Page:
Triboro, creators of this year’s TDC Annual Competition campaign, is the Brooklyn based design duo of David Heasty and Stefanie Weigler. Together they develop design solutions for clients in publishing, art, fashion, music, lifestyle, and for cultural institutions.

    For more about Eye 95 see the full contents list here and Eye Before You Buy on Vimeo.

  • Debbie Millman and Paul Sahre: A Graphic Memoir?

    TDC Salon: November 17, 2017. “A Graphic Memoir?” with Paul Sahre and Debbie Millman.

    Designer-turned-author Paul Sahre leads off with a presentation, and then is joined by Debbie Millman and special guests John Gall and Gabriel Levinson, to discuss Sahre’s new book Two-Dimensional Man, published by Abrams Press. They reflect on the highs and lows of committing to life as a graphic designer, the making of the book, and what prompted Paul to write it.

    Paul Sahre is a graphic designer that has doggedly remained independent, operating his own practice since 1997. He is a frequent visual contributor to The New York Times, has designed book covers, authored books, and built and destroyed a life-sized monster truck hearse for the band They Might Be Giants. Debbie Millman is a writer, educator, artist, brand consultant, and host of the radio show Design Matters.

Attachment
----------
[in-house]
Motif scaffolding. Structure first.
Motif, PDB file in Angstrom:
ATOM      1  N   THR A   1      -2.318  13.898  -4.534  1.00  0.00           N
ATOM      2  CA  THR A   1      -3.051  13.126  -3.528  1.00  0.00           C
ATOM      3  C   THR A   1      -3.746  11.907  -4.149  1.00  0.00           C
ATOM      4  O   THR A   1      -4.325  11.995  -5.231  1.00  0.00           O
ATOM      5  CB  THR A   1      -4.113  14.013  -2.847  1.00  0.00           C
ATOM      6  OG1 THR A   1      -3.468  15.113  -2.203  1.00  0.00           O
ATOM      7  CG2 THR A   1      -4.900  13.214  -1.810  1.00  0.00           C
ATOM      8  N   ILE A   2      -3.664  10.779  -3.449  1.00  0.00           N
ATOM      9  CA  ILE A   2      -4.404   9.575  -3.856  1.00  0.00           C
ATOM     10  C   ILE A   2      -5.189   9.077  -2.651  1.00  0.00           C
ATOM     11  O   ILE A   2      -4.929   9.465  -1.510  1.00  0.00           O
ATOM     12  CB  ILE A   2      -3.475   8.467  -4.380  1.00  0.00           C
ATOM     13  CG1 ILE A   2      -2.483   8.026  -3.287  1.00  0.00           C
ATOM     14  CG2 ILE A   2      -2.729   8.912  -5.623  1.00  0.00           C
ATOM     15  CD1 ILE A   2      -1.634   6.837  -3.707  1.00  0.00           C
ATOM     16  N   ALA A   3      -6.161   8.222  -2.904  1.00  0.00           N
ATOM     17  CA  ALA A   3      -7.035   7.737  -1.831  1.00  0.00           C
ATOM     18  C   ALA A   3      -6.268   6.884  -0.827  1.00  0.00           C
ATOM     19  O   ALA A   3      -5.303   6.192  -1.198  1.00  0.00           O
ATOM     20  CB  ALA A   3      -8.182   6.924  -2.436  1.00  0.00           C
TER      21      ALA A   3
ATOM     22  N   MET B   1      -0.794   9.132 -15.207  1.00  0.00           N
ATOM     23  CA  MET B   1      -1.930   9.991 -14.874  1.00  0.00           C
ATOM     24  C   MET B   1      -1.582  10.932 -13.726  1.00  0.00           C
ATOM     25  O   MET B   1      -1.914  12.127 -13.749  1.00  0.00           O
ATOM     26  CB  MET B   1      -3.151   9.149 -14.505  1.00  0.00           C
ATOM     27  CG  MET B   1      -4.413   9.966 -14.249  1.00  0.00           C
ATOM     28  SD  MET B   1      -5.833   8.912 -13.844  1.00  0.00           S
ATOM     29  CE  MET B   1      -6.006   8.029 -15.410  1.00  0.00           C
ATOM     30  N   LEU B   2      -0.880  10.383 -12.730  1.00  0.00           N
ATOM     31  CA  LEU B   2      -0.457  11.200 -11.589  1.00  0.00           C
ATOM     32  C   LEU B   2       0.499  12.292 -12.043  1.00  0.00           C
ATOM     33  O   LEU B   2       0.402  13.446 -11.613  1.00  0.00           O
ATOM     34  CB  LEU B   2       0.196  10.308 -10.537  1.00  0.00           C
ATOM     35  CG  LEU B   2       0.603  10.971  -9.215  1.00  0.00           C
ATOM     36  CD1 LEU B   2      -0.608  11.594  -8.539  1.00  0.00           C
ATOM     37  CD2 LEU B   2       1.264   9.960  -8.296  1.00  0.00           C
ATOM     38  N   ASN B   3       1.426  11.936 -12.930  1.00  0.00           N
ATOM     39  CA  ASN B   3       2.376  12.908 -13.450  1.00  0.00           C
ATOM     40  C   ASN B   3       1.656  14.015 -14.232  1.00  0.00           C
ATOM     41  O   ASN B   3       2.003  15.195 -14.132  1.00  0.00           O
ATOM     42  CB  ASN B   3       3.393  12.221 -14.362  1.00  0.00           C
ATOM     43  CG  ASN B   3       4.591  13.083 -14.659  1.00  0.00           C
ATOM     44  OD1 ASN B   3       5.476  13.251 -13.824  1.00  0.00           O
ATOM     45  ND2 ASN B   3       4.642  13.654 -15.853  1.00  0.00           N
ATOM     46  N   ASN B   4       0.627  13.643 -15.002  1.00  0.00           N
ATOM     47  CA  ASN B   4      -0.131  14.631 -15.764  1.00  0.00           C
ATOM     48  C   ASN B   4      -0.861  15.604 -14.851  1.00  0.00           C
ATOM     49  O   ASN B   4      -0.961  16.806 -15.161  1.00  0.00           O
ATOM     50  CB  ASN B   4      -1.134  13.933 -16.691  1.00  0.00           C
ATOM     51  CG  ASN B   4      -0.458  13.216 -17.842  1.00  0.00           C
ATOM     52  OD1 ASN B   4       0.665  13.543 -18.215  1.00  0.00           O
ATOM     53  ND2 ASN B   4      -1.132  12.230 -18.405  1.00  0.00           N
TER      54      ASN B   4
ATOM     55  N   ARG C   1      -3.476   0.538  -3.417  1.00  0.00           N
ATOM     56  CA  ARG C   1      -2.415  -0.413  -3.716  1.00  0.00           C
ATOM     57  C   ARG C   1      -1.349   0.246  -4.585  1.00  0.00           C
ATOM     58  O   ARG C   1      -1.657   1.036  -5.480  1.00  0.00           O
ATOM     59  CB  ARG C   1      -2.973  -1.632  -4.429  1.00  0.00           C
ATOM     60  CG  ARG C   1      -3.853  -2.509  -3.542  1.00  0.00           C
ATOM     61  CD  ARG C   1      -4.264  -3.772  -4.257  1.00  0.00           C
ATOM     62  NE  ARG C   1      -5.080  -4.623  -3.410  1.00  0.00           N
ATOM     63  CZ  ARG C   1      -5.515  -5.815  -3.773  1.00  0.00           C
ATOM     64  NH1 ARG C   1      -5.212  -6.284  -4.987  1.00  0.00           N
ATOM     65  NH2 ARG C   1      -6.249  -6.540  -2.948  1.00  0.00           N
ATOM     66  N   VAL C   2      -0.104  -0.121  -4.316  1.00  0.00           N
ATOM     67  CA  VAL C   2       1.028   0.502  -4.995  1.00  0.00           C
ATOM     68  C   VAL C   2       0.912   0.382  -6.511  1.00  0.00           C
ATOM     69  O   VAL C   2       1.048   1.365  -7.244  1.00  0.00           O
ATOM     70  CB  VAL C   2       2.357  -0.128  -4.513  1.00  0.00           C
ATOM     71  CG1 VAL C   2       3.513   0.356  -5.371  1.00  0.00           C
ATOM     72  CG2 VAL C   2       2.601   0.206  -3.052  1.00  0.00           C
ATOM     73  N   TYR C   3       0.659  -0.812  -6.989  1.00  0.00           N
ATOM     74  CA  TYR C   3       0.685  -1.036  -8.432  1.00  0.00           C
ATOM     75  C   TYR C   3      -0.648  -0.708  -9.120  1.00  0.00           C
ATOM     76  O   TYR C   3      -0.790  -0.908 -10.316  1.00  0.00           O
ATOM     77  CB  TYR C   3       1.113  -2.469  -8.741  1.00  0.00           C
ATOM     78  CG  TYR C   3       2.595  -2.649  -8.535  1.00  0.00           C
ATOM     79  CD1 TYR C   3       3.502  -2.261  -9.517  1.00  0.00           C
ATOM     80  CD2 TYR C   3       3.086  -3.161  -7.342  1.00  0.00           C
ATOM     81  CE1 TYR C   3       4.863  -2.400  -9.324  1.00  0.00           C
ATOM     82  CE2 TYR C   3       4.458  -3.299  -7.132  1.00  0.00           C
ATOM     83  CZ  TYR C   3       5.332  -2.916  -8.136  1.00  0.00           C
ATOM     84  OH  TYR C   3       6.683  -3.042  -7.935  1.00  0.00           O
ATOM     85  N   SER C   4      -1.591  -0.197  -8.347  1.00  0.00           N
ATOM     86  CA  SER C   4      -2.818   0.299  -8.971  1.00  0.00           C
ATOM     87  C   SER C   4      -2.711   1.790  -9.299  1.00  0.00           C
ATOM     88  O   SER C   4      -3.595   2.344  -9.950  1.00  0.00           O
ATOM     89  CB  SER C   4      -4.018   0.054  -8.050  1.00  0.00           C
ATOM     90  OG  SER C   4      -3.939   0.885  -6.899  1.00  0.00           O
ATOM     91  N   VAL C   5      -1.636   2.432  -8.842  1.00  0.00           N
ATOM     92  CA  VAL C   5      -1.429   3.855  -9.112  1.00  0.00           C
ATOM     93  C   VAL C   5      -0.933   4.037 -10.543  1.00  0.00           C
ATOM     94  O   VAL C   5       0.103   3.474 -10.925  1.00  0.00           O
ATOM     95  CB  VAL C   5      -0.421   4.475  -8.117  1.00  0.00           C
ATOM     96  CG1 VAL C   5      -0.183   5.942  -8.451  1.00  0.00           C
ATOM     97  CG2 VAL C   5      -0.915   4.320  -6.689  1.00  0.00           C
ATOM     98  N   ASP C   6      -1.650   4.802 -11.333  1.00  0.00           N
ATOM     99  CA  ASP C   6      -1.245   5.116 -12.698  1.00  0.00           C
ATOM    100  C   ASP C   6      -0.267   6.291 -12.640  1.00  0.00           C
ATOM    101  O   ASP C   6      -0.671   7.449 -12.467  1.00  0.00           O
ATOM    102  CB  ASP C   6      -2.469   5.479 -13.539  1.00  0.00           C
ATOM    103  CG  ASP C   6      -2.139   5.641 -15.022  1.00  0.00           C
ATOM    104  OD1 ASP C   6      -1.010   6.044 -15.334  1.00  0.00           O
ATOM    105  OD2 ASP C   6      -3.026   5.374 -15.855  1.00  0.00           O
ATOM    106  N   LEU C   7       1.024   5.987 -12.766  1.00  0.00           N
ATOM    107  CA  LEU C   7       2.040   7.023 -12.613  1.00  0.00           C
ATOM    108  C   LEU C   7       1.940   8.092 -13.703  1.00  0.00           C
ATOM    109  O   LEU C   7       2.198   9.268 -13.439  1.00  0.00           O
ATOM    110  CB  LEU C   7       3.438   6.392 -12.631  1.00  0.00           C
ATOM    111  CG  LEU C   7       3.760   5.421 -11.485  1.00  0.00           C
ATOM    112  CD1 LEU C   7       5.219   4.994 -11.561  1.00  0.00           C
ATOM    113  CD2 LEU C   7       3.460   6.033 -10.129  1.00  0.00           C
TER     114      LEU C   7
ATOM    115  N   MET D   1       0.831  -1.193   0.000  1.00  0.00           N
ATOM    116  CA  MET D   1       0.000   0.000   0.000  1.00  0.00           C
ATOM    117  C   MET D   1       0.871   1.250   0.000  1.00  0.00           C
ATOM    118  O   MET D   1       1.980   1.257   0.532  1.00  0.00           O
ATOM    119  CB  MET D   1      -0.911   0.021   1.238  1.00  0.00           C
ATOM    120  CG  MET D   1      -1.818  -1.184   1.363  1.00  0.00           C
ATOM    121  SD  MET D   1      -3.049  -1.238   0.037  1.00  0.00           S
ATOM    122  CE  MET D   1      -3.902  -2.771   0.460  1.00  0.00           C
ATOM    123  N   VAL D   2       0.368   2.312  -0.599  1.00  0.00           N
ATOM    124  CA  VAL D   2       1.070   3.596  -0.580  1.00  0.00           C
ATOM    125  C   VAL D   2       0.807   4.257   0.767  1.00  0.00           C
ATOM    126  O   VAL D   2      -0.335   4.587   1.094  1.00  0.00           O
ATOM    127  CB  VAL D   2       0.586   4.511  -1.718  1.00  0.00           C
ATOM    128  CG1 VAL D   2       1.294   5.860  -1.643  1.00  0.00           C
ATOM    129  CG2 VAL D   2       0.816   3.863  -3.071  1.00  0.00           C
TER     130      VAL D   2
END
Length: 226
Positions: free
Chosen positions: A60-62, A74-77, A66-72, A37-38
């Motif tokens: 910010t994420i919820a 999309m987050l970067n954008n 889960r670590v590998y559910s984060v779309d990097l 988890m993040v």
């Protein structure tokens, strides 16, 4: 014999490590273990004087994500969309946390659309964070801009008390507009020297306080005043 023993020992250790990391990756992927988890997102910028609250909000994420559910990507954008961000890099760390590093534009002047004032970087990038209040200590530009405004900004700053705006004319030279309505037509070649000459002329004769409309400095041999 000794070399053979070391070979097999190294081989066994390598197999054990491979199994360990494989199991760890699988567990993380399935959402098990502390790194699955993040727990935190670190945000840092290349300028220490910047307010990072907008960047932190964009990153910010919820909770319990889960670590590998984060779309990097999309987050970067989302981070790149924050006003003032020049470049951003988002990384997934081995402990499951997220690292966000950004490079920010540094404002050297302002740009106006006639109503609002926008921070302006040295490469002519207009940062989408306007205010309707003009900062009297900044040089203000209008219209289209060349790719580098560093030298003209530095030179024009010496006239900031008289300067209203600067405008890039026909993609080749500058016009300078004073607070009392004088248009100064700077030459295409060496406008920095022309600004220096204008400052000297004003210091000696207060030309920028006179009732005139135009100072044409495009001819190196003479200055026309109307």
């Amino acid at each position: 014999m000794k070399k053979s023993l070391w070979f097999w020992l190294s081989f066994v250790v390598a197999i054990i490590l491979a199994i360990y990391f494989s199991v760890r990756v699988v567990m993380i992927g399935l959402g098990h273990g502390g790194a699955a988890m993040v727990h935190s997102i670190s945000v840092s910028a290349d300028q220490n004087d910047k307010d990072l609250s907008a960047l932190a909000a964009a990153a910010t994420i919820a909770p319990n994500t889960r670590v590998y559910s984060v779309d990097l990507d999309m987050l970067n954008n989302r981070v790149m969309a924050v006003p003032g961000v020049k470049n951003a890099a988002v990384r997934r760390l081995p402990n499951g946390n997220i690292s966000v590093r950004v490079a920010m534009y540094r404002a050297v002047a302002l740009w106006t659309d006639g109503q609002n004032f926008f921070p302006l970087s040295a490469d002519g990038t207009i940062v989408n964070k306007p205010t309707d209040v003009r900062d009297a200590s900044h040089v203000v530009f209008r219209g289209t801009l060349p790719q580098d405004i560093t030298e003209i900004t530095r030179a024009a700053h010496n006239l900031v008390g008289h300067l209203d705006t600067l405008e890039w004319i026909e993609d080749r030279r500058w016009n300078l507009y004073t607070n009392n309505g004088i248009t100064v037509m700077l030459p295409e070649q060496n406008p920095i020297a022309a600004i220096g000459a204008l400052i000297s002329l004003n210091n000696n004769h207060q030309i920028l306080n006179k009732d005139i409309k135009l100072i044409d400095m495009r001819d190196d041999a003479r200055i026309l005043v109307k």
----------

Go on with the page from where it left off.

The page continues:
• Pablo Medina: The Story of Dekalb

    TDC Salon: November 16, 2017 “The Story of Dekalb” with Pablo Medina

    In 2013 in Bushwick, Brooklyn, Pablo A. Medina began the four-year process of designing his latest font, Dekalb. Medina tells the story of how the font was created, showing images of murals and signage that sparked the font’s aesthetic. He shares examples of Dekalb being used while he was the Creative Director of Sneaker News Magazine, and discusses how his favorite sage, Joseph Campbell and his ‘hero’s journey circle,’ helped him during his crowd-funding campaign which caused a small ruckus on the internet.

    Pablo Medina has been designing typefaces inspired by urban vernacular for over 20 years. The first fonts he ever designed were exhibited at the Design Triennial exhibition at the Smithsonian’s Cooper Hewitt Museum. He is the recipient of the Art Directors Club Young Gun award and has taught art and design at Parsons School of Design, Maryland Institute College of Art (MICA) and at California College of the Arts (CCA). He currently serves as Design Lead at Natural Resources Defense Council, where Monday through Friday, he participates in the resistance, using design as his primary form of protest.

    This salon was co-sponsored with Type ThursdaysNYC.